He told her of Dana. And Mörnir. The powers shown forth that night in answer to the Darkness in the north. His voice was deeper than she remembered; there were echoes in it.
He said, “We are not in this alone. He may break us into fragments in the end, but he will not be unresisted, and whatever you may have seen or endured in that place you must understand that he cannot shape the pattern exactly to his desire. Or else you would not be here.”
She listened, almost against her will. His words brought back words of her own, spoken in Starkadh itself: You will have nothing of me that you do not take, she had said. But that was before. Before he had set about taking everything—until Kim had pulled her out.
She lifted her head a little. “Yes,” Paul said, his eyes never leaving her face. “Do you understand? He is stronger than any of us, stronger even than the God who sent me back. He is stronger than you, Jennifer; it is not worth saying except for this: he cannot take away what you are.”
“I know this,” said Jennifer Lowell. “It is why I will bear his child.”
He sat back. “Then you become his servant.”
“No. You listen to me now, Paul, because you don’t know everything either. When he left me . . . after, he gave me to a Dwarf. Blöd was his name. I was a reward, a toy, but he said something to the Dwarf: he said I was to be killed, and that there was a reason.” There was cold resolution in her voice. “I will bear this child because I am alive when he wished me dead—the child is random, it is outside his purposes.”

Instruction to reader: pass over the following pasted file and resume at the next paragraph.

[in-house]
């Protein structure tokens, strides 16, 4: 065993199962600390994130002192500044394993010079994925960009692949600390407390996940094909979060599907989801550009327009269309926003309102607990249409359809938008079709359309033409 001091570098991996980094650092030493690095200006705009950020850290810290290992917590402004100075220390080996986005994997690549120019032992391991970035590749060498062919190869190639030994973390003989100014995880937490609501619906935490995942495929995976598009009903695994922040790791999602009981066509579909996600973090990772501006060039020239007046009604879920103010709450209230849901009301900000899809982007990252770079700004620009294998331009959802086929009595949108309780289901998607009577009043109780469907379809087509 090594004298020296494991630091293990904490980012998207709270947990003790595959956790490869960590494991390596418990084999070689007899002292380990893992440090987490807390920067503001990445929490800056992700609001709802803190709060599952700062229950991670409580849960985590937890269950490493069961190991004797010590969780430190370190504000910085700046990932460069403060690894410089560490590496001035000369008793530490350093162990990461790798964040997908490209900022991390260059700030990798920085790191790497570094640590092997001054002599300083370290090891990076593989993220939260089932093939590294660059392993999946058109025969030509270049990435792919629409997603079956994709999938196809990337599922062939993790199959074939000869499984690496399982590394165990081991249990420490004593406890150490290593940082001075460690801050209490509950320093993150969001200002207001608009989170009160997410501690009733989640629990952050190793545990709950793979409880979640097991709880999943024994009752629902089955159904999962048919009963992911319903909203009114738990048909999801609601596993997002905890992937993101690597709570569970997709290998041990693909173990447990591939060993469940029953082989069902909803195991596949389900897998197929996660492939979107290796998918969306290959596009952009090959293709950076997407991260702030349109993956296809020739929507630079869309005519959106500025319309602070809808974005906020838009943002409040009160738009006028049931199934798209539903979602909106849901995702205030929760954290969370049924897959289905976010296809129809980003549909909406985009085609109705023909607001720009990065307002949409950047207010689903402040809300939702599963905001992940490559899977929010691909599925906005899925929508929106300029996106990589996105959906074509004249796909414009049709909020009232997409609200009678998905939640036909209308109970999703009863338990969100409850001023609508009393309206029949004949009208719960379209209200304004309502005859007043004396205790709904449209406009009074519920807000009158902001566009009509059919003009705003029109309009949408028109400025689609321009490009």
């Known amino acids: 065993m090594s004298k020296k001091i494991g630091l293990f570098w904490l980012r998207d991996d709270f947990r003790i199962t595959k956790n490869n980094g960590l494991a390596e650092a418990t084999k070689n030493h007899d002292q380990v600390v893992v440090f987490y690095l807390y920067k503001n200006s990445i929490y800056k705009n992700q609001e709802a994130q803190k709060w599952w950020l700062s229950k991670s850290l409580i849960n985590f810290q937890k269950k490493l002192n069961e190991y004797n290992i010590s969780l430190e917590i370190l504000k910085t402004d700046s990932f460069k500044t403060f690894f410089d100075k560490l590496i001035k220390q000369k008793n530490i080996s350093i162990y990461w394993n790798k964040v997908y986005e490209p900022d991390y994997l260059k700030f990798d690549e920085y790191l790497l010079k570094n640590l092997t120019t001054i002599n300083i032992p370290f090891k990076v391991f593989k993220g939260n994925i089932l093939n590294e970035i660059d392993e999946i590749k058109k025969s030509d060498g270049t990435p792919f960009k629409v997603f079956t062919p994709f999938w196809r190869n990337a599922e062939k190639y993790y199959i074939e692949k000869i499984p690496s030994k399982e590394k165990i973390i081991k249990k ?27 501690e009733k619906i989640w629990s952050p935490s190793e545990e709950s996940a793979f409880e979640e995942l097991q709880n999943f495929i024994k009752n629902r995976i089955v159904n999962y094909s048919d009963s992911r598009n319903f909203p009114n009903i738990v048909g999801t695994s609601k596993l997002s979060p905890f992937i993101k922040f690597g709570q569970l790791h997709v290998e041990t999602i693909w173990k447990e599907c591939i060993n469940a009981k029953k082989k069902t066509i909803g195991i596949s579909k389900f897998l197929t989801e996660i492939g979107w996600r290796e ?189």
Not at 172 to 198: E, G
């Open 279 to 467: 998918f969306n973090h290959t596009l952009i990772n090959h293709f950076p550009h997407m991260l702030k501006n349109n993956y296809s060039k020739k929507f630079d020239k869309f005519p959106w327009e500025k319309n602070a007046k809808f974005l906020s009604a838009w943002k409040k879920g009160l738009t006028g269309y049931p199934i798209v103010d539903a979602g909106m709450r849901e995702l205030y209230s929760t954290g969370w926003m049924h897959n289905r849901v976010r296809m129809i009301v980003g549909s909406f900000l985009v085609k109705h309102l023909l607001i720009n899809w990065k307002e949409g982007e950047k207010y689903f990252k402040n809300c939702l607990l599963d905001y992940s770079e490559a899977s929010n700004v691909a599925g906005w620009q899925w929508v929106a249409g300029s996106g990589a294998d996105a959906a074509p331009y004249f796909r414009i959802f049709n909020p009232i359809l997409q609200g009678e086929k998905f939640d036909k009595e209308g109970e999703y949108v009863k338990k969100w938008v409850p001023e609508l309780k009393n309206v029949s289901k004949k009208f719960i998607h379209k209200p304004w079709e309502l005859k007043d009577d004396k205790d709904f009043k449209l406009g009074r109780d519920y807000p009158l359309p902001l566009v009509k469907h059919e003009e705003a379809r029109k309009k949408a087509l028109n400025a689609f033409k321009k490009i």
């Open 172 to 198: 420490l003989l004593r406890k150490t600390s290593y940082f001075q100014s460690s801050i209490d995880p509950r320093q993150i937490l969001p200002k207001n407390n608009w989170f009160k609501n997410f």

He was silent a long time. Then, “But so are you, in and of yourself.”
Her laugh was a brutal sound. “And how am I, in and of myself, to answer him? I am going to have a son, Paul, and he will be my answer.”
He shook his head. “There is too much evil in this, and only to prove a point already proven.”
“Nonetheless,” said Jennifer.
After a moment his mouth crooked sideways. “I won’t press you on it, then. I came for you, not him. Kim’s already dreamt his name, anyhow.”
Her eyes flashed. “Paul, understand me. I would do what I am doing whatever Kim said. Whatever she happened to dream. And I will name him as I choose!”
He was smiling, improbably. “Stick around and do that then. Stay with us, Jen. We need you back.” Only when he spoke did she realize what she’d said. He’d tricked her, she decided, had goaded her quite deliberately into something unintended. But she couldn’t, for some reason, feel angry. Had this first tenuous spar he’d thrown across to her been a little firmer she might, in fact, have smiled.
Paul stood up. “There is an exhibition of Japanese prints at the Art Gallery. Would you like to see it with me?”
For a long time she rocked in the chair, looking up at him. He was dark-haired, slight, still frail-seeming, though not so much as last spring.
“What was the dog’s name?” she asked.
“I don’t know. I wish I did.”
After another moment she rose, put on her coat, and took her first careful step on the first bridge.
Dark seed of a dark god, Paul was thinking, as he tried to simulate an interest in nineteenth-century prints from Kyoto and Osaka. Cranes, twisted trees, elegant ladies with long pins in their hair.